Having apparently already solved the state’s budget deficit, Pocan yesterday sent out a glib press release instructing the media to refrain from calling the Taxpayers Alliance “nonpartisan.” Recognizing that the media likely wouldn’t appreciate being lectured on how to label certain groups, Pocan made his request vapid and lighthearted, at one point joking about his likeness to Brad Pitt. Conveniently, Pocan seems to forget about the “nonpartisan” label given to lefty front groups like the League of Women Voters, the Wisconsin Democracy Campaign, etc.
This release apparently infuriated Representative Steve Nass, who fired off an angry press release accusing Pocan of being anti-American, or something. Then Rep. Leah Vukmir issued a release that invoked Orwell’s “1984″ to defend Berry. (I have to sheepishly admit that someone had to explain the press release to me for me to understand it.)
Responding to Pocan serves two ends, neither of them desirable. It makes it appear as though legislators have nothing better to do. Also, since it will likely be exclusively Republicans running to Berry’s aid, it almost appears to strengthen his previously nonexistent point.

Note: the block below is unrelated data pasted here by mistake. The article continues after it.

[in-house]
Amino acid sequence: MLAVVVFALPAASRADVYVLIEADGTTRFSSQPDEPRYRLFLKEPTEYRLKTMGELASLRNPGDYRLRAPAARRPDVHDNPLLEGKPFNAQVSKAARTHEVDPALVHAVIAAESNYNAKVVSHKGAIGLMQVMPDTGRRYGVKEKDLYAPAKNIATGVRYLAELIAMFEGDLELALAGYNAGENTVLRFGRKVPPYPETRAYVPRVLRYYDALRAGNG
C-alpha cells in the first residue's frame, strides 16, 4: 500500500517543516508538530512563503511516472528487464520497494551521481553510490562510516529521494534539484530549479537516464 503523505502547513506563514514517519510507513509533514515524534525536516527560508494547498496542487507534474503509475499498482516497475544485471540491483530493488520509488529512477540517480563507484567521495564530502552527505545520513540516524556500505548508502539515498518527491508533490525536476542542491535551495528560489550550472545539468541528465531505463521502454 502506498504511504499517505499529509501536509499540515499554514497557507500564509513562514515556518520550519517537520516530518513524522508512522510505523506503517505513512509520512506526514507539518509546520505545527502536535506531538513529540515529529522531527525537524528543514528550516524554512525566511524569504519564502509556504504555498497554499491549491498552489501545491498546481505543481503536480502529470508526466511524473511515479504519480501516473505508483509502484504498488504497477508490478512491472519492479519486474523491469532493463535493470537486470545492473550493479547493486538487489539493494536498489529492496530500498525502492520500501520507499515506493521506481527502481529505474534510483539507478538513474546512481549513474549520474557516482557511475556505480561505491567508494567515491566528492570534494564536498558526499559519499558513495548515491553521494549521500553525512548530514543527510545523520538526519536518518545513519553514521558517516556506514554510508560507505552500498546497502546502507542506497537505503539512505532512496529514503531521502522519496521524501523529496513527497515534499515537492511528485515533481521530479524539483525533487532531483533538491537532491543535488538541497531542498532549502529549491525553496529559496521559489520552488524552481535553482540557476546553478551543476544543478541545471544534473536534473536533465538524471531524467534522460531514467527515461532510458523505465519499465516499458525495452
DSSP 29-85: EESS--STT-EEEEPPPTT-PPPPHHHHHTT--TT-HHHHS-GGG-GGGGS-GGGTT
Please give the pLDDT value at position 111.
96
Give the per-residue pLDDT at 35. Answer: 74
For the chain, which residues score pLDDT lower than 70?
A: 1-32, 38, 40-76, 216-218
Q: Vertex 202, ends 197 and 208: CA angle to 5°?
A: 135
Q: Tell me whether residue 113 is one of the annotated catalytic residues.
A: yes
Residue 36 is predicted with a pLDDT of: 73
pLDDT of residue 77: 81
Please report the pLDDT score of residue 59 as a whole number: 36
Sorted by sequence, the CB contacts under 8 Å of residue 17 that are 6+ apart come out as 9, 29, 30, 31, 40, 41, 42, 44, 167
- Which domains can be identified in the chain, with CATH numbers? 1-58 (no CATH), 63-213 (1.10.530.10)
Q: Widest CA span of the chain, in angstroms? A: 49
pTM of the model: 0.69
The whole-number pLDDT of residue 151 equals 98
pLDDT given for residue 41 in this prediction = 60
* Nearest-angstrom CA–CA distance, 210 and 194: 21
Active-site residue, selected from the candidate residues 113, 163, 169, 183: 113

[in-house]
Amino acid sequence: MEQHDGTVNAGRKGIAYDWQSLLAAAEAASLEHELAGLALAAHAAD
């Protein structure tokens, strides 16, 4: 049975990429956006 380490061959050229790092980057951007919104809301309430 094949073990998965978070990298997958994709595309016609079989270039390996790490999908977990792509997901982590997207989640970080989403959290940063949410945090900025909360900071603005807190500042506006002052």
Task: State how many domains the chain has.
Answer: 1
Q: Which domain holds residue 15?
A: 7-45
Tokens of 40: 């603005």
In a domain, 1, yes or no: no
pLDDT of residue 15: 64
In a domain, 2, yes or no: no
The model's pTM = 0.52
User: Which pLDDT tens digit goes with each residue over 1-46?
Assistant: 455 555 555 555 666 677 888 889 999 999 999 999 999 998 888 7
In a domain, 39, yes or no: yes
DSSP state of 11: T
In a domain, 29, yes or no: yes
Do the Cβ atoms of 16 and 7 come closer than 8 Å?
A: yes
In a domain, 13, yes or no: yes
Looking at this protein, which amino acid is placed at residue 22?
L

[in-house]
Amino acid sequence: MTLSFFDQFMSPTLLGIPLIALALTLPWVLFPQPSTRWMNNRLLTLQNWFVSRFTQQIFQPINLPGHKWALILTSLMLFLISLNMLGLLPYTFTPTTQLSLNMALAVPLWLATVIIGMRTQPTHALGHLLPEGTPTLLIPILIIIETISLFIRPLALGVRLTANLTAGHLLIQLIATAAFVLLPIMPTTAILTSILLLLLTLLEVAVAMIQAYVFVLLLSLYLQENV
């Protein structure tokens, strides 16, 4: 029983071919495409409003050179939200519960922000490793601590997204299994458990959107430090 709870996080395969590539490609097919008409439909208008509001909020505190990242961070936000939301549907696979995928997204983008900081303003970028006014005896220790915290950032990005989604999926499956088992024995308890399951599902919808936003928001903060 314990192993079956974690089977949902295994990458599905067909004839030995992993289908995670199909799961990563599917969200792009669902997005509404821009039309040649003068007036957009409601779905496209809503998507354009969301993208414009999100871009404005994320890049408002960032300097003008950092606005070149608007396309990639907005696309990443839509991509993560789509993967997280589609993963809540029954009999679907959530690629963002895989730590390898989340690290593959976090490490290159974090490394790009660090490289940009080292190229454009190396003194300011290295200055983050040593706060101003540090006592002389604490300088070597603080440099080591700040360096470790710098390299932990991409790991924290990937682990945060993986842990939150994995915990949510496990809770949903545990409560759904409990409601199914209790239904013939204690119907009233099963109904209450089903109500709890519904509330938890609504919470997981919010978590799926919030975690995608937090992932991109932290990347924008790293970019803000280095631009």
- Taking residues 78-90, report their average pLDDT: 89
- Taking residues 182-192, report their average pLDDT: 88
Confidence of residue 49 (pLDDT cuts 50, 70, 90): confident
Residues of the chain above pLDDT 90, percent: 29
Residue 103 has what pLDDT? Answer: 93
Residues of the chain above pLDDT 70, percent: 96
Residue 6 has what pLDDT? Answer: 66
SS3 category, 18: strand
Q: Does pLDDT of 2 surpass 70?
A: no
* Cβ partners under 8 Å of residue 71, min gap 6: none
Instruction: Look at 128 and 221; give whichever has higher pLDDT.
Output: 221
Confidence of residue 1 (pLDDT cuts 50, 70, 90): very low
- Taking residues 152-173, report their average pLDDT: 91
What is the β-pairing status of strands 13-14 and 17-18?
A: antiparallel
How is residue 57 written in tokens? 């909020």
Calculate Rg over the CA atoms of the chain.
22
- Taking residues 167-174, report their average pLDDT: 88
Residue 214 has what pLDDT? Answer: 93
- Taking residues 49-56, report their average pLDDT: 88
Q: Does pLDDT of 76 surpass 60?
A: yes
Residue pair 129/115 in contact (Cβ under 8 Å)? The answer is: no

Todd Berry is a big boy. I think he does an excellent job of defending himself, as he has had to do for years. The work he does in explaining the budget to regular dopes like me is invaluable. Responding to Pocan is merely taking his bait, in his attempt to get the GOP to talk about anything other than the disastrous budget his caucus is about to ram through.
Filed under: Crime — Christian Schneider @ 4:35 pm
Today’s “Goofball Bill of the Day” circulating around the Wisconsin Capitol:
Re: Co-sponsorship of LRB 2074/1, charges for inmate telephone use at a jail or house of correction
From: State Rep. Frederick P. Kessler
Date: February 25, 2009
Re: Co-sponsorship of LRB 2074/1, charges for inmate telephone use at a jail or house of correction